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By Reverend Dr. Victor Dobbin, Major General, British Army, Retired, CB, MBE, DD, Chaplain-General of the British Army (1995-2000), Director of the Leadership and Ethics Centre
In recognition of the serious fragmentation of moral authority felt generally in Western European culture, I propose an approach to the training of military ethics that complements traditional methods. This focuses on the concepts of ˜story and community" I suggest this approach because it relates to character development as well as to the ethos of a community, both of which are vitally important for the Armed Forces. Moral behaviour is more than behaving according to certain procedures or rules. It has to do with the type of person the soldier or officer is. It has to do with character and virtue as well as with the social context of the community in which a person lives.
Christians are reminded of the role of 'story' and story-telling within the Christian tradition and the proposal is made that these same concepts can be used effectively by the Armed Services to sustain their ethos, as well as to provide the sailor, soldier and airman with a personal moral guide that reflects the direction in which the Service Community wishes to move.
In the early years of the 20th Century P.T. Forsyth wrote, "The great problem before civilization is the moral problem. Our crisis is intellectual, no doubt, but it is still more ethical." He went on, "The moral problem is the problem of the hour and of the future. For it is the whole social problem. It is the issue on which civilization depends for its permanence; and yet it is the problem which civilization is least able to solve."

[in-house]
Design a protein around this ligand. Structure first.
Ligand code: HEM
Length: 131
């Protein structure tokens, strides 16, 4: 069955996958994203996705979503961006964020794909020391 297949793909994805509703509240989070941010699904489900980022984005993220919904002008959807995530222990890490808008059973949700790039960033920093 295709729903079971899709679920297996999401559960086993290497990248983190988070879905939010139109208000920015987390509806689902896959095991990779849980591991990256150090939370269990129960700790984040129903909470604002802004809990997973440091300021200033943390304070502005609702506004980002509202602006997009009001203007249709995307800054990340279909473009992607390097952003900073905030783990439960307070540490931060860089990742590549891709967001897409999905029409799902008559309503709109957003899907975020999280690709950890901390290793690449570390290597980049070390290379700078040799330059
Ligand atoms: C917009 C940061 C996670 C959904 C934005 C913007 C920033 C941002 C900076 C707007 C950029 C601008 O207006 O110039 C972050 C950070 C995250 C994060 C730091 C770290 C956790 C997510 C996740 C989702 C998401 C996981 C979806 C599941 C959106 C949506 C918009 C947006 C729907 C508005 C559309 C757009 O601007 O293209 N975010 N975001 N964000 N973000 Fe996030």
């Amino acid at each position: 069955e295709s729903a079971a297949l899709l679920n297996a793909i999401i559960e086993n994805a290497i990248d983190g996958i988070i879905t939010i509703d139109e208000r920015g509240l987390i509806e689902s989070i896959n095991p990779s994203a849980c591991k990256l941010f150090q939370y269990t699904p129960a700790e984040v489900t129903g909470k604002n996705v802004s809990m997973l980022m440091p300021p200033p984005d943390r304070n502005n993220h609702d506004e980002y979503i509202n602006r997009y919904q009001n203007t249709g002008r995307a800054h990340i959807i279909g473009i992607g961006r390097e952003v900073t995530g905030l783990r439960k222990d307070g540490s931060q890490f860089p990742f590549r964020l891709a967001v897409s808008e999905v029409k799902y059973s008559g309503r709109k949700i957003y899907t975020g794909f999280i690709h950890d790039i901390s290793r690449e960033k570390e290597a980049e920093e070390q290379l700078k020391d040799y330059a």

Late in the 20th Century in a book entitled Public Sector Ethics, edited by Charles Sampford, Noel Preston and C-A Bois, Stephen D. Potts writes "As we approach the beginning of both a new century and a new millennium, there are increasing signs that ethics in public service is an idea whose time has come."
To support these comments we need only think about the present financial crises facing our World. These crises have not come about solely because of a failure in knowledge of the financial markets by some bankers and traders, but to a large degree, on their failure to appreciate the importance of ethics in relation to their professional practices.
Regarding military ethics we recall the media reports, going back as far as 2005, of charges of brutality by members of American and British Armed Forces against prisoners in Iraq. Those disturbing and shameful reports showing photographs and giving details of some of the disgraceful activities that took place in Abu Ghraib prison as well as in certain Basra detention centres have increased awareness of the importance of ethics and led to additional training in the subject.